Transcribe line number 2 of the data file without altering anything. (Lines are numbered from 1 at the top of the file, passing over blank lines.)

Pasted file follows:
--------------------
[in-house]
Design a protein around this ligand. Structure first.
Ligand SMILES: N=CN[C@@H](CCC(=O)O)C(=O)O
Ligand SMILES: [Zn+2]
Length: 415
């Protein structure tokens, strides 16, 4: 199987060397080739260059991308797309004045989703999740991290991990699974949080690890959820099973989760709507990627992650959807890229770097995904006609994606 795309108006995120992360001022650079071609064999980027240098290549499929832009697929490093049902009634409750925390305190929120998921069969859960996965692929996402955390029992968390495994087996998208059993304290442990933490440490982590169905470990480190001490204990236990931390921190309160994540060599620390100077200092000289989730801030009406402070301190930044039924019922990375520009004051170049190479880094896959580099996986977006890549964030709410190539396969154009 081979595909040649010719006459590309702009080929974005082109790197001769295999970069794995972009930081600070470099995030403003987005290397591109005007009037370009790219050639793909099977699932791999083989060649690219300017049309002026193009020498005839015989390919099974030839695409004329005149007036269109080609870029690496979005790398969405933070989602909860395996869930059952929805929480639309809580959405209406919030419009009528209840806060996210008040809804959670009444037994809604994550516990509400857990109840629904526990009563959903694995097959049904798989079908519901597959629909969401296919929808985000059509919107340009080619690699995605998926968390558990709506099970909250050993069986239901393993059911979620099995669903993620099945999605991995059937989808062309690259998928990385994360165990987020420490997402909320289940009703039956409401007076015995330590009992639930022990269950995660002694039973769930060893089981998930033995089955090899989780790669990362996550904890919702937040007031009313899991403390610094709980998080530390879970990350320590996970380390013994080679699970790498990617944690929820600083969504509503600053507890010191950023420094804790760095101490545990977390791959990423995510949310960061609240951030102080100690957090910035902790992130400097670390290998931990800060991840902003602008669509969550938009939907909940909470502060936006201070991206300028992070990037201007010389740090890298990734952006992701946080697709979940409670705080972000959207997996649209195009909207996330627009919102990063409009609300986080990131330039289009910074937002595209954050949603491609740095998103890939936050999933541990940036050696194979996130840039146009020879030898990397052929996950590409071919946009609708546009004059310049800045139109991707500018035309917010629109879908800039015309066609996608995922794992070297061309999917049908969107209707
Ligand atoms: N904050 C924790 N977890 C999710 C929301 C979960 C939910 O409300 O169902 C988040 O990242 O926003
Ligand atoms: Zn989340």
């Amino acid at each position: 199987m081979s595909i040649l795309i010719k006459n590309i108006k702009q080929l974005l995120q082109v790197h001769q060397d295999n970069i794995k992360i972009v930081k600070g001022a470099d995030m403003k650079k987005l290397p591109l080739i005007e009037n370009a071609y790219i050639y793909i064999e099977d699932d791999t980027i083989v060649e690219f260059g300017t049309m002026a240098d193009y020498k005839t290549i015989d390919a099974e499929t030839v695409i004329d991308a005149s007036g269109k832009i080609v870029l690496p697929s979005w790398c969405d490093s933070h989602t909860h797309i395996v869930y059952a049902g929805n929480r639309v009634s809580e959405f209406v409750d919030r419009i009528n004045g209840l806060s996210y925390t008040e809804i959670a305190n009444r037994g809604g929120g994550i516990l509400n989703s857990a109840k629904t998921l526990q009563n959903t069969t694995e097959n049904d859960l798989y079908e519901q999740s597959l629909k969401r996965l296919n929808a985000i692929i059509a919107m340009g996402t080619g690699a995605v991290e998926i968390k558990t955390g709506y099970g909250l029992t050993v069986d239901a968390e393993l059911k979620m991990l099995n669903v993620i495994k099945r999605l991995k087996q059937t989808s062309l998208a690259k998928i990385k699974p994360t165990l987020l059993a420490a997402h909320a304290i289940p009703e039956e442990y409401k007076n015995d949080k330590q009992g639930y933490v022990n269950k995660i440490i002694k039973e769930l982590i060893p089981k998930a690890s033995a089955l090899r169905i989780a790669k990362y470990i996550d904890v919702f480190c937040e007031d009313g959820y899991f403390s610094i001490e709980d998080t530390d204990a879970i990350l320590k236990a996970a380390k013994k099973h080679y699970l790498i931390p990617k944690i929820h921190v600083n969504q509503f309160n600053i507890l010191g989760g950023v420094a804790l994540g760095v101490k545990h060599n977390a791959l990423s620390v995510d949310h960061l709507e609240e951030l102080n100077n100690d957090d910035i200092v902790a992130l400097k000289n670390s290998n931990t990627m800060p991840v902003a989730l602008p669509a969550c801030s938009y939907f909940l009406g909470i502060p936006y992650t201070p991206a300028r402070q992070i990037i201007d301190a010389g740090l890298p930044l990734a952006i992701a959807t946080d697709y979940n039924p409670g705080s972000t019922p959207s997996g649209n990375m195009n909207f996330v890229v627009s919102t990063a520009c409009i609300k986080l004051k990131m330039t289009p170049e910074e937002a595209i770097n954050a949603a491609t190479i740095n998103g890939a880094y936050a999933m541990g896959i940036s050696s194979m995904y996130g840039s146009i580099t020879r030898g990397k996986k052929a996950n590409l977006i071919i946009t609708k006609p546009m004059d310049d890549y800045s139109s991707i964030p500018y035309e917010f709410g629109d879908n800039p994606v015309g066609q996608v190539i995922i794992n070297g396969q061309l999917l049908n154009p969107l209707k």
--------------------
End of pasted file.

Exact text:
Design a protein around this ligand. Structure first.